I wrote a post nearly 10 years ago, on the blog that eventually became the book Woodland Manitou: To Be on Earth that basically just listed a bunch of things I didn’t like about the world with a bunch of things I did like about the world. That particular entry didn’t make it into the … Continue reading Wild Love for the World
Here we are at the end of another December. A time for looking back over the past year and looking ahead into the new one. Some of us will indulge “one last time” before beginning a strict diet on January 1st. Some of us will set lofty goals to exercise 6 days a week at the gym that we hate. Some will get out a blank journal with the intent of getting up early every single day to write down three positive thoughts. New years resolutions come in many forms, and sometimes they even stick for awhile. Benefits have been seen by setting one’s sights on making change with the turn of the calendar year.
But. So often it’s the same old same old every year. The diet starts strong and tapers off by February. It turns out we still hate the gym enough to stay home more often than not. “Thinking positive” starts to feel like pulling the wool over our eyes and avoiding the root issue. New years resolutions can be useful in setting a path forward, but they also fail a large percentage of the time. They don’t do what we really want them to do. They don’t change what we want them to change.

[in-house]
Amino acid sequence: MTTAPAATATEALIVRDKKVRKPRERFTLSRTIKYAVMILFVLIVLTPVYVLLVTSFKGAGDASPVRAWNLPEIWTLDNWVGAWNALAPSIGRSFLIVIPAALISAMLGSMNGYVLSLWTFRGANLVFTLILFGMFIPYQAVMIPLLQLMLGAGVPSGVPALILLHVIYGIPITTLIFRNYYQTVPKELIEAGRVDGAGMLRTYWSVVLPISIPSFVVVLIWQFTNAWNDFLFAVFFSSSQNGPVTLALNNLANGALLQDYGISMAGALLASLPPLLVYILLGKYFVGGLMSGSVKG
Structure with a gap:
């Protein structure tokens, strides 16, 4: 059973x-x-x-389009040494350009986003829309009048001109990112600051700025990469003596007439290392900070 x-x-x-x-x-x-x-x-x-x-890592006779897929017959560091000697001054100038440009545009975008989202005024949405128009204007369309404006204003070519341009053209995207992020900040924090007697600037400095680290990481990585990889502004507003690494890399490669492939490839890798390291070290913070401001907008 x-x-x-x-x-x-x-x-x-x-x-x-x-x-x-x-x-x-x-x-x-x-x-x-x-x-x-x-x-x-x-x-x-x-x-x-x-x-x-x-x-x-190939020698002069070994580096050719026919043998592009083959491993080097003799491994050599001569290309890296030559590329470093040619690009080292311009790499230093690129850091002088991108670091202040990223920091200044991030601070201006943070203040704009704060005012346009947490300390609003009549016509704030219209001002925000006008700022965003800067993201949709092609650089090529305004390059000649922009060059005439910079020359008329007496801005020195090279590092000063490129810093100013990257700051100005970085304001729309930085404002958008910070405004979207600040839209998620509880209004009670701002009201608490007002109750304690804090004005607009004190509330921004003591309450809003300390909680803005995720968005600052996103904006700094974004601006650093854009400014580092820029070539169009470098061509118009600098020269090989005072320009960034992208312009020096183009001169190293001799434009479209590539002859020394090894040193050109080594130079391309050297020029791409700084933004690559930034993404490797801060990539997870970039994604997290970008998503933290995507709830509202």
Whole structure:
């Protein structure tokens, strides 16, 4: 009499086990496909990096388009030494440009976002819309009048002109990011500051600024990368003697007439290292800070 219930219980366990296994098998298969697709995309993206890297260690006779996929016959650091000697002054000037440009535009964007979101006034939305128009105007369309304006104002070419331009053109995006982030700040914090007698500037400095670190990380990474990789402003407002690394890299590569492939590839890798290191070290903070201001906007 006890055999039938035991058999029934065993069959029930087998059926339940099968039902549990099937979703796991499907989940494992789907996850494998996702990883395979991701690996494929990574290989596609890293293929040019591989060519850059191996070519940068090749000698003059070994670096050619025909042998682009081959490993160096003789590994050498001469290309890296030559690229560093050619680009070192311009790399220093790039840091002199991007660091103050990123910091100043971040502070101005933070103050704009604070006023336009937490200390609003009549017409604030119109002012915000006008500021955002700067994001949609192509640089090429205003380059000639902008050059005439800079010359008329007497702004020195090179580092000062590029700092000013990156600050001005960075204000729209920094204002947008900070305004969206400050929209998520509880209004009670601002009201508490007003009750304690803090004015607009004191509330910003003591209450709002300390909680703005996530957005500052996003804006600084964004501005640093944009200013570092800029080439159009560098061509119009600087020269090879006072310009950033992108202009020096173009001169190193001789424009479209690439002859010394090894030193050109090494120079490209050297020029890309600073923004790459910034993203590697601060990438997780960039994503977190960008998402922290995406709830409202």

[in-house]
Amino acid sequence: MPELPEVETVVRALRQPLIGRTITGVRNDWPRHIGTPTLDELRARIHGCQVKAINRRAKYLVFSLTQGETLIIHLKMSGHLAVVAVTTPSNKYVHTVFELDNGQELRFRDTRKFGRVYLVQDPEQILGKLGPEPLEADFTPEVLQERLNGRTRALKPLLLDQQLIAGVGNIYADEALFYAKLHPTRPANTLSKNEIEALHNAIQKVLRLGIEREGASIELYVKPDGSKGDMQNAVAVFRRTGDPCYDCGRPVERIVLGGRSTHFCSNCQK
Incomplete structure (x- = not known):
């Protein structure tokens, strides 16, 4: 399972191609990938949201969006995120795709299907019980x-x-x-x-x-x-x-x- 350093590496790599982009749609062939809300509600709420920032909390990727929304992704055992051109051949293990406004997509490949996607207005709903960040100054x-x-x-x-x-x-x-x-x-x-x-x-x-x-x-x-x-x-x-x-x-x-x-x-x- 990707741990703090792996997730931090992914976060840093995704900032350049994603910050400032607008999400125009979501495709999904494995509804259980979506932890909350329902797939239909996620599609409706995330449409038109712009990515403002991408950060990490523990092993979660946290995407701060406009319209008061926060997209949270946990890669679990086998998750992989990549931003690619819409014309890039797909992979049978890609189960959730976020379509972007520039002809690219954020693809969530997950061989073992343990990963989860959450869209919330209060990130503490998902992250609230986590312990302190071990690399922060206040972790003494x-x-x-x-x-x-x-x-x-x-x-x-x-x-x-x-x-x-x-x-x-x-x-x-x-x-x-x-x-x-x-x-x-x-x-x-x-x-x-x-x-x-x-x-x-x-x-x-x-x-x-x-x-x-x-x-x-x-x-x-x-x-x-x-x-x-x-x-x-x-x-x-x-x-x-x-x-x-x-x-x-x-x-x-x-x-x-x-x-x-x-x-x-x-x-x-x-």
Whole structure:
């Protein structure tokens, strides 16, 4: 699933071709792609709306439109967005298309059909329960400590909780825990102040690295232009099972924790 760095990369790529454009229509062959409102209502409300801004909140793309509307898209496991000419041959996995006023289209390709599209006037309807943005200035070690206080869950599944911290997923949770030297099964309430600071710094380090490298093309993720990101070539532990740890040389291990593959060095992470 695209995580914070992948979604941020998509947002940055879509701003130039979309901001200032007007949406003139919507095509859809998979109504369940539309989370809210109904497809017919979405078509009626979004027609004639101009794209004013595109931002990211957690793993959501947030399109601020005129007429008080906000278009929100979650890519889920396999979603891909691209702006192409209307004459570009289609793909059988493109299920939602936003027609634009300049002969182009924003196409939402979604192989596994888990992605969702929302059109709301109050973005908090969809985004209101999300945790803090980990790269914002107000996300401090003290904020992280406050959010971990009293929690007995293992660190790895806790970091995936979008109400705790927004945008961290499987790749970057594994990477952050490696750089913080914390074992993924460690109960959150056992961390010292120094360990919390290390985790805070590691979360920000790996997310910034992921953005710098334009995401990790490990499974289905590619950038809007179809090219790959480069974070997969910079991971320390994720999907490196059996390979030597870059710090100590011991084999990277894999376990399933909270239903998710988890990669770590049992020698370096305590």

Do we throw in the resolution towel then? Stop setting goals since we just fail at them over and over again? Embrace our negative thinking since that’s what feels real?
Maybe. Actually, I propose we do all of those things.
It’s getting to be peak autumn color in Minnesota this week, and everywhere you look, it’s gorgeous. The leaves in the back of my house are blazing yellow and orange, and they create an impressive reflection on the lake when the light is just so and the air is still. It’s kind of like the water is on fire with the vibrancy of the season. Of course, this time of intense beauty is fleeting, only lasting a few weeks each year, but then again, it does come back around every year. We just have to make a point to pay attention to it when it does show up. It’s always interesting to me that such intense beauty can co-exist so easily alongside the things that shake us to the core.